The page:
Walz extends unemployment pay for northeast Minnesota miners
ST. PAUL, Minn. (AP) — Gov. Tim Walz signed his second bill of the young 2023 legislative session Wednesday, extending unemployment benefits for six months for more than 400 laid-off workers at Northshore Mining.
Northshore Mining shut down May 1, and about 450 workers out of around 580 workers there and at an associated contractor have been laid off. Unemployment benefits normally run out after six months in Minnesota, and payments stopped for many of the workers in November.
Walz noted at the signing ceremony that northeastern Minnesota’s iron mining industry has a long history of ups and down. When times are down, he said, the rest of the state needs to be there.
“This is what it means to legislate, to move things when they’re needed,” Walz said. “Folks have been waiting too long.”
The main reason for the layoffs is a long-running royalty dispute between its owner, Cleveland-Cliffs, and a trust that controls the mineral rights for the mine pit near Babbitt that supplies iron ore for Northshore’s processing plant in Silver Bay. Cleveland-Cliffs has said the royalties are uneconomically high, and that Northshore Mining will remain shut down at least through April.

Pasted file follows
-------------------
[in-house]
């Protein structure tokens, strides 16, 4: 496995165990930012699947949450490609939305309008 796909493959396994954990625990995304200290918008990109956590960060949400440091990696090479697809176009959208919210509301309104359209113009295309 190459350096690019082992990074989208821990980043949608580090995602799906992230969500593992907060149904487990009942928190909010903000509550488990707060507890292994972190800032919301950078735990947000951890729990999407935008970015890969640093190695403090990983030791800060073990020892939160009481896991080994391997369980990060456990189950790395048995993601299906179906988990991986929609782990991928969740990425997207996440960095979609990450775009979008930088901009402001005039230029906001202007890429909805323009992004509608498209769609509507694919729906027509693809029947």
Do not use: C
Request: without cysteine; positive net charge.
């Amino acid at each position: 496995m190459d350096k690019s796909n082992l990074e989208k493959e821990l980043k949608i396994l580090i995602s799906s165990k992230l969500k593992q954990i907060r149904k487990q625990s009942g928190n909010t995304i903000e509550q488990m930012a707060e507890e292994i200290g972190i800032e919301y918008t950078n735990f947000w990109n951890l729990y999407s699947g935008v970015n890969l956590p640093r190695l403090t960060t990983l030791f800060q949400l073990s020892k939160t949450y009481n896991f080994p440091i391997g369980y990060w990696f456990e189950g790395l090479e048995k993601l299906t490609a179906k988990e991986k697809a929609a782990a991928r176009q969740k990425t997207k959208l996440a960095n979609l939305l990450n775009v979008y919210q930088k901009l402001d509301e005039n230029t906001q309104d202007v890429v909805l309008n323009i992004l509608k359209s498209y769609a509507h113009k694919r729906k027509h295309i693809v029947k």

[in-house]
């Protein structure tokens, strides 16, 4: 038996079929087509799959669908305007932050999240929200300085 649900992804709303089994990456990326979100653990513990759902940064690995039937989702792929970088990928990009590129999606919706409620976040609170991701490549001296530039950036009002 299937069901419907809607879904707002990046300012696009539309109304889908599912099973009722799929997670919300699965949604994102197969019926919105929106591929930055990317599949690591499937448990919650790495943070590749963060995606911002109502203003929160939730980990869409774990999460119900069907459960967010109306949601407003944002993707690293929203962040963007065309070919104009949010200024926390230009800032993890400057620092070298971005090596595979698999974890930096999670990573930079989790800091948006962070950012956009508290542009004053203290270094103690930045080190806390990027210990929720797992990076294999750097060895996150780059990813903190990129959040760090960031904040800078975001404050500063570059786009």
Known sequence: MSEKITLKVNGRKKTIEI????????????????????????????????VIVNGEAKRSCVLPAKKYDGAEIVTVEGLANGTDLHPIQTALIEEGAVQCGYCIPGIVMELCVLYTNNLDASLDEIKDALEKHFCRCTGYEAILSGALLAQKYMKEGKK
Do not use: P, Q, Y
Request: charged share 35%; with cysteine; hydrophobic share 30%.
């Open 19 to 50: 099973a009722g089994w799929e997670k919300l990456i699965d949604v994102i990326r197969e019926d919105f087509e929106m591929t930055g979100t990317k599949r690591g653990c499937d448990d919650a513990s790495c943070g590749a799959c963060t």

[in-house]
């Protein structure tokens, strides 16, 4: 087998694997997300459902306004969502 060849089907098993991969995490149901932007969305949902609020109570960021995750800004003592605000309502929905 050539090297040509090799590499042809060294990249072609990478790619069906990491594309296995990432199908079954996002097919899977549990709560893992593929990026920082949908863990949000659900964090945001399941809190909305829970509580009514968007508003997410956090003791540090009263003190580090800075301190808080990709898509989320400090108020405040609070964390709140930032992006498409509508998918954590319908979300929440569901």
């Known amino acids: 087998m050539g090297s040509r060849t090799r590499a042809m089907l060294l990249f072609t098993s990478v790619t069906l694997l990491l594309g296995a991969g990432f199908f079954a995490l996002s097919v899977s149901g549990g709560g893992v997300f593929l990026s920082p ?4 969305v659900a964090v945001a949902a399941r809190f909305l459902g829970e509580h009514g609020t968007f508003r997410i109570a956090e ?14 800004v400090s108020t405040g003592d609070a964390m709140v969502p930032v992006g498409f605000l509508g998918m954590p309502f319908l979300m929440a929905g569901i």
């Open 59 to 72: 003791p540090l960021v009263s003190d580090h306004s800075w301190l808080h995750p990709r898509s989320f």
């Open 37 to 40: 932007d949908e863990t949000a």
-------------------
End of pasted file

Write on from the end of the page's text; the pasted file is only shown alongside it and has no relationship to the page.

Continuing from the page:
Silver Bay Mayor Wade LeBlanc said the extended benefits will help keep miners from moving away for jobs elsewhere in the meantime.
Lake County Commissioner Rick Goutermont, who recently retired from Northshore Mining, said he and his family would have had to move away without unemployment benefits in earlier shutdowns.
The swift passage was a feather in the cap of the lead Senate sponsor, Democrat Grant Hauschild, of Hermantown, who represents the area and took office just three weeks earlier. He paid tribute to the workers who’ve held on and stayed despite winter heating bills and rising grocery prices.
The lead House sponsor, Rep. Dave Lislegard, of Aurora, who represents the Silver Bay area, said the issue was personal to him because he lost his job at the LTV Steel mine in 2001 after it went bankrupt and shut down. Unemployment benefits then helped him and his family hang on, he said.
The bill extends the unemployment benefits for another six months, retroactively, at a cost of $10.3 million. Economic Development Commissioner Steve Grove said payments will go out very soon.
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